In vitro diffusion studies were carried out using a modified Franz diffusion cell apparatus with a diameter of 15 mm and a diffusional area of 1.76 cm2 . A Spectra/Por®7 regenerated cellulose membrane was inserted between the donor and the receiving compartment and secured in place by means of a pinch clamp. The membrane had a thickness of 60-65 µm and a molecular weight cutoff point of 1,000. The receiving compartment (volume 13.l ml) was filled with degassed ethanol USP and it was maintained at 37°C by means of a water bath circulator and a jacket surrounding the cell, resulting in a membrane surface temperature of 32°C. The receiving medium was continuously stirred by a Teflon™-coated magnetic stirrer, to avoid diffusion layer effects. A 1.00-ml sample of each ATA formulation was accurately measured and placed in the donor compartment and sealed with aluminum foil and parafilm. Aliquots of 0.5 ml were withdrawn from the receiving compartment at 15, 30, and 45 minutes and 1, 2, 3, and 4 hours using a microsyringe, and replaced immediately with an equal volume of degassed ethanol USP. All samples were trans ferred to 1.5-ml vials and diluted with degassed ethanol USP up to 1.0 ml before analysis by HPLC. The experiment was carried out in triplicate for each formulation. This method was applied to the ethanol solution, 1% Klucel® gel, and 3% Klucel® gel. Where appropriate, the cumulative amount released of ATA vs time data was analyzed and equation 5 was used to calculate the diffusion coefficients of ATA in the formulation. In cases where the slope of the M -vs-t plots was nearly constant, the diffusion coefficient of ATA in the formulation was not calculated exactly, but lower limits for the value were calculated instead using equation 6 with t = 4 hours.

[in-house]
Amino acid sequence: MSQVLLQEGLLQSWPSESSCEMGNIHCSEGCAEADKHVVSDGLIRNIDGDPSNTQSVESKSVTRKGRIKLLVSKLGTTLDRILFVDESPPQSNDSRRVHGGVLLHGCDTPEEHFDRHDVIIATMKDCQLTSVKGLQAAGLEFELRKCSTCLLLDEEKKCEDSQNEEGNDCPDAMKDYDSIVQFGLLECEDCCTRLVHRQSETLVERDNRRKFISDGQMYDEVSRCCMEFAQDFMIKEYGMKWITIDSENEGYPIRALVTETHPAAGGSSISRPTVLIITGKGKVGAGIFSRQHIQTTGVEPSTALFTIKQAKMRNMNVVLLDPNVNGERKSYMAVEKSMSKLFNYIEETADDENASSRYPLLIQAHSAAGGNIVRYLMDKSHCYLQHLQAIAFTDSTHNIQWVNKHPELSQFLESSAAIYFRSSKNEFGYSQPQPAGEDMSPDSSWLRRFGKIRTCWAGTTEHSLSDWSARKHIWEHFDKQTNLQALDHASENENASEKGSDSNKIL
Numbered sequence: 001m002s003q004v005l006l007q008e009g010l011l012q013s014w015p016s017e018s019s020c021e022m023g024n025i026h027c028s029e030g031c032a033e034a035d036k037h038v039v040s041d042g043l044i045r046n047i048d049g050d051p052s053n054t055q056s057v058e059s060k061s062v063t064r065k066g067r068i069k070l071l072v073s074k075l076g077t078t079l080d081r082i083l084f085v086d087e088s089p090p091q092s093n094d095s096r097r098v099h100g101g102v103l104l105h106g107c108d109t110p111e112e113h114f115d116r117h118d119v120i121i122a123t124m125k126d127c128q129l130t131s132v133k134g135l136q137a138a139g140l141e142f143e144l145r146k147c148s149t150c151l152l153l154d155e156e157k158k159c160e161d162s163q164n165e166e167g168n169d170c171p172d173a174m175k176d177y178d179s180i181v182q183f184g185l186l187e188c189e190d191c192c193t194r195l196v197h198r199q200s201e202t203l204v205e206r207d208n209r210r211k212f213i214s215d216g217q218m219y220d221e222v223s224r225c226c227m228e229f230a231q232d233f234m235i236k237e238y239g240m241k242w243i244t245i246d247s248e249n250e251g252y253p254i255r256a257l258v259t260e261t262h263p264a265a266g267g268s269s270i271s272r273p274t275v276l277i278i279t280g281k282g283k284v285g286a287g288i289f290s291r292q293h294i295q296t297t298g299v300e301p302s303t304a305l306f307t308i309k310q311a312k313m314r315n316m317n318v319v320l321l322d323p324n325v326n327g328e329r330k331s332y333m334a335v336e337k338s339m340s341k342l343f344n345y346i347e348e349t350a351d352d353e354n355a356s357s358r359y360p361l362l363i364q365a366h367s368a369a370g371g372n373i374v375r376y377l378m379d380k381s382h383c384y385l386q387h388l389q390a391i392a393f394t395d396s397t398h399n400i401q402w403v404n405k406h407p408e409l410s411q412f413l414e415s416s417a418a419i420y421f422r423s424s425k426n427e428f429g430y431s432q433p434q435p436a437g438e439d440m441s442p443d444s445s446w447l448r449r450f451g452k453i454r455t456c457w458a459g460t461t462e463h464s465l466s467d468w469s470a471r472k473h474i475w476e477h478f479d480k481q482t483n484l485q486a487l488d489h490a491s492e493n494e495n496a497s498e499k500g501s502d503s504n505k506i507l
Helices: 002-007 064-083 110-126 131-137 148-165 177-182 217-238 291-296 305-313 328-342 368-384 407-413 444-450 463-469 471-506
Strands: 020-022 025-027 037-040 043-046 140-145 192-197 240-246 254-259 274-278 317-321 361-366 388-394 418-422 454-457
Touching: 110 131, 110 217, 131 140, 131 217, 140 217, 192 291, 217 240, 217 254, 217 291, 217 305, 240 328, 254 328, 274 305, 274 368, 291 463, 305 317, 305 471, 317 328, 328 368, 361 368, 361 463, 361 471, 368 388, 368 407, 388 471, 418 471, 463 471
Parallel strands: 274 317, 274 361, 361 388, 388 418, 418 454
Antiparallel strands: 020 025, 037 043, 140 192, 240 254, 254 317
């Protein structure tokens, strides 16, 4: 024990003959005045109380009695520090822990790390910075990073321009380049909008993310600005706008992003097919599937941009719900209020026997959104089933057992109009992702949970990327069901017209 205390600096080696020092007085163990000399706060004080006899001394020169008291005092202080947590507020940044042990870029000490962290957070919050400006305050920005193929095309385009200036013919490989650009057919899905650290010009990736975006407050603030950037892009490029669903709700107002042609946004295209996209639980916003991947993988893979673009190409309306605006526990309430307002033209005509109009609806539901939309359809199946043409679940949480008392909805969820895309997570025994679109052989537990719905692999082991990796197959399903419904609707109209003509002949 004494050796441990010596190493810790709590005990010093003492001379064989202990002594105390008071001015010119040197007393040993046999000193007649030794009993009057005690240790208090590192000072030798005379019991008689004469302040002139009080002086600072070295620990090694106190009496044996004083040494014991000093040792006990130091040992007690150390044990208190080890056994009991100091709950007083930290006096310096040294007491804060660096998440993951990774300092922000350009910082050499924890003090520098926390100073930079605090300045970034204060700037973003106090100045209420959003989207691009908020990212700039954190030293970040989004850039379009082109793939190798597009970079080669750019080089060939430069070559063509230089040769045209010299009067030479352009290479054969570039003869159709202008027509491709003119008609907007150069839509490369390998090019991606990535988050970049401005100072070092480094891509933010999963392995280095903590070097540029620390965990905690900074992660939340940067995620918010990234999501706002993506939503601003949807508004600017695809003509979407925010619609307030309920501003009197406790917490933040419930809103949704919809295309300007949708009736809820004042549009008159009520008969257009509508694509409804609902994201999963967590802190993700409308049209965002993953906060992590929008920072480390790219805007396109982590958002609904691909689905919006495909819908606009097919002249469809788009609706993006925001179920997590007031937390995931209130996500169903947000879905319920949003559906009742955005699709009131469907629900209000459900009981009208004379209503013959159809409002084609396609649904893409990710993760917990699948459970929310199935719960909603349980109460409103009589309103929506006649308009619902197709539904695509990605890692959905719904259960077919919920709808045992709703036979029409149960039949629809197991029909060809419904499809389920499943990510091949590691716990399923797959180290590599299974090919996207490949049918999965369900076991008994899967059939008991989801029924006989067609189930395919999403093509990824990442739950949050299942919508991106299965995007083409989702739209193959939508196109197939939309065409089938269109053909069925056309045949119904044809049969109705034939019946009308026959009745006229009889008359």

The same apparatus and experimental procedure described in the previous section were used to perform cadaver skin permeability studies. The sampling times were 2, 4, 6, 8, 12, 24, 30, 36, and 48 hours. The experiment was carried out in triplicate for each formulation. Human cadaver skin from the back of Caucasian subjects was kindly donated by Novartis (Somerville, NJ). Cadaver skin was prepared by hydrating it in an isotonic phosphate-buffered solution for one hour at room temperature before it was placed between the donor and receiving compartments. The integrity of the skin was checked by visual inspection of the cumulative amount-vs-time plots. Experiments in which the amount of permeated ATA suddenly reached a plateau or jumped by large amounts were disregarded and repeated.